Unique Musical Instrument Defies Description

Since the first of our ancestors discovered that banging a stick on a hollow log makes a jolly sound, we hominids have been finding new and unusual ways to make music. We haven’t come close to tapping out the potential for novel instruments, but then again it’s not every day that we come across a unique instrument and a new sound, as is the case with this string-plucking robot harp.

Named “Greg’s Harp” after builder [Frank Piesik]’s friend [Gregor], this three-stringed instrument almost defies classification. It’s sort of like a harp, but different, and sort of like an electric guitar, but not quite. Each steel string has three different ways to be played: what [Frank] calls “KickUps”, which are solenoids that strike the strings; an “eBow” coil stimulator; and a small motor with plastic plectra that pluck the strings. Each creates a unique sound at the fundamental frequency of the string, while servo-controlled hoops around each string serve as a robotic fretboard to change the notes. Sound is picked up by piezo transducers, and everything is controlled by a pair of Nanos and a Teensy, which takes care of MIDI duties.

Check out the video below and see if you find the sound both familiar and completely new. We’ve been featuring unique instruments builds forever, from not-quite-violins to self-playing kalimbas to the Theremincello, but we still find this one enchanting.

17 thoughts on “Unique Musical Instrument Defies Description

  1. Not many frets but enough to chord on. But then I was expecting some slide action like the aforementioned ochestrion, with the self sustaining (e-bow) feature on. That’s more my style and mode.

  2. I don’t understand the “defies classification” part. It’s very clearly an electric-string instrument, just like an electric guitar. All of the same properties seem to apply to it as well. That’s a big part of what makes electric guitars so much fun. It’s a string instrument that has a wide variety of well defined string lengths across multiple string sizes and multiple string compositions. It’s also an electromagnetic instrument thanks to the choice of strings that both are affected by electromagnetic effects and produce electromagnetic effects. In any case what you are doing it interacting with the strings to produce sounds, that’s the important part of how any string instrument works. The electromagnetic side of things opens up an entire second field of ways to interact with those strings, hence things like ebow being a thing that caught on.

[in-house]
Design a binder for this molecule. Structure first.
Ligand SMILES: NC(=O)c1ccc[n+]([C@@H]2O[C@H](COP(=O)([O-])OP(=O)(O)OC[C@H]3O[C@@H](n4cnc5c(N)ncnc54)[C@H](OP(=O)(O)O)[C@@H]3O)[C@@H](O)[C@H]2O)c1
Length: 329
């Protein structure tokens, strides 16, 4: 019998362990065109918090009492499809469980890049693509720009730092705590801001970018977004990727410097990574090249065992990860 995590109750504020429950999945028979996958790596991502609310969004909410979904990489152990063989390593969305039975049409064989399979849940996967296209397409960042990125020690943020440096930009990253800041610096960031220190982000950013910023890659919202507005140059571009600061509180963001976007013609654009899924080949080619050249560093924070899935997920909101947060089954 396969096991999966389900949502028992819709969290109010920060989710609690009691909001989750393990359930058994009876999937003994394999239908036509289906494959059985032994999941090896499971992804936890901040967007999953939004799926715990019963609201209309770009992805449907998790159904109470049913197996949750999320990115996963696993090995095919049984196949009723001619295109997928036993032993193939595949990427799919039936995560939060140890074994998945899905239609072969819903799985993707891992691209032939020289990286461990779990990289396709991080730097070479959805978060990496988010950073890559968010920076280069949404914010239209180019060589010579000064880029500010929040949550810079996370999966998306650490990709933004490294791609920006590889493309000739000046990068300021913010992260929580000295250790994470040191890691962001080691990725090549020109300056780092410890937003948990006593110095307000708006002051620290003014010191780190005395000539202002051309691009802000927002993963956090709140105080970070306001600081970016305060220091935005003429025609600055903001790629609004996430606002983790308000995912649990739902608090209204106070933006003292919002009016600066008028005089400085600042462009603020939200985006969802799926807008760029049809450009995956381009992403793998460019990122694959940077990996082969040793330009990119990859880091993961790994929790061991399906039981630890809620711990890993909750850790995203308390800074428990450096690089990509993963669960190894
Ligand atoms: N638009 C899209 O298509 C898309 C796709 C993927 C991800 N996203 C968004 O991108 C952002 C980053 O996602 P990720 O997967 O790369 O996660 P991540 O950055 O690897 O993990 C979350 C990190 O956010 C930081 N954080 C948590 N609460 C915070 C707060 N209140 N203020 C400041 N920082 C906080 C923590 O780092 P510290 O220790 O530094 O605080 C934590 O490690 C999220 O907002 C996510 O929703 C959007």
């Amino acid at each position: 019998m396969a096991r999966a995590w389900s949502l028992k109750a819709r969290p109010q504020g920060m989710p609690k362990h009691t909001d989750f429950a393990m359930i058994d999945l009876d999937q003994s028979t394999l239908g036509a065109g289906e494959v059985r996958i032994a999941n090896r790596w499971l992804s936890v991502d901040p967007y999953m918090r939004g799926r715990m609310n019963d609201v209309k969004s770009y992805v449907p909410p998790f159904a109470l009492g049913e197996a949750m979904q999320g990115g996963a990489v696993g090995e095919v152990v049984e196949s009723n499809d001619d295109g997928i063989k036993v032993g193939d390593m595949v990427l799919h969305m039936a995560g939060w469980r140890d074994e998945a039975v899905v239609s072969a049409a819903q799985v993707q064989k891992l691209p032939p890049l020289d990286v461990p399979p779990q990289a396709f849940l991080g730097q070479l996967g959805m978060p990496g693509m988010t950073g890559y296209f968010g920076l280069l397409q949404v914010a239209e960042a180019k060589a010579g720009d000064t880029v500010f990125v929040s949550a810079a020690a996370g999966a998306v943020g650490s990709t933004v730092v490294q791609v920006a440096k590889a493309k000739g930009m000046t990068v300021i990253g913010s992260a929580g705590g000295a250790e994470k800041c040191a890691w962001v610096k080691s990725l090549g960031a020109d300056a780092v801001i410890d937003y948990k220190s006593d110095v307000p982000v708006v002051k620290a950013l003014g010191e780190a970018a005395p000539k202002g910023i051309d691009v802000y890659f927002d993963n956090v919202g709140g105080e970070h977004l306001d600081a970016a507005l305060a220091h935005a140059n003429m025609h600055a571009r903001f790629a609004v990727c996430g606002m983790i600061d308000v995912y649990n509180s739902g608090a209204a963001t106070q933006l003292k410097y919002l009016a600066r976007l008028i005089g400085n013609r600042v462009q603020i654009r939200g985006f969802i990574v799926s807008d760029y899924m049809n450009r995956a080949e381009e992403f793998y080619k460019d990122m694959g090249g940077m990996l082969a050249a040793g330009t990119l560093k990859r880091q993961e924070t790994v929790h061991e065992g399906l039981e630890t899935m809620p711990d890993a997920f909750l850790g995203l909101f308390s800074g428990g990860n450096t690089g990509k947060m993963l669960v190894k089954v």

To me this is little more than a really awesome extension for any other electric-string instrument (guitars aren’t the only ones in this class). Honestly I kind of want to put together an electric guitar with this thing worked into it’s design, hand off control of solonoids and such to a second person while I man the guitar. I imagine it would spawn a whole new electronic music genre.

  3. Techie factor +1

    Musical enjoyment factor … hmmmmm. At the beginning, the sound resembled a very fast ringing, muffled handbell being played in an echo-y hallway. Not my favorite way to jam.

  4. There was a guitar-playing robot at the World Expo in Brisbane in 1988. I think it was in the Japanese pavilion. It was a complex-looking beast, with six solenoids over each fret, a plucking and IIRC a strumming action. It sounded pretty good, but what fascinated me was the ability to pluck up to six strings at once – something a human player can’t do. A human can get pretty fast, and the technique of Mark Knopfler and others to play with a thumb and two fingers is fantastic to watch and liston to, but plucking six strings at once opens up some interesting possibilities. Also the ability to fret strings farther apart than the human hand can reach, and pluck those strings.

    If you can pluck the same note on multiple strings, what does that do to the harmonics? I’m not a guitar player, would some expert care to chime in?

    1. A skilled human can pluck 5 strings at once, which is probably close enough to what our ears can actually discriminate. This sort of technique is pervasive in classical guitar music, as is playing the same note on multiple strings.

      The most famous example of playing the same note on different strings is probably Leyenda (Asturias) by Isaac Albeniz. If you listen you can here what sounds like a note being played twice, but let me assure you this is happening on different strings.


      Great piece of music, btw.

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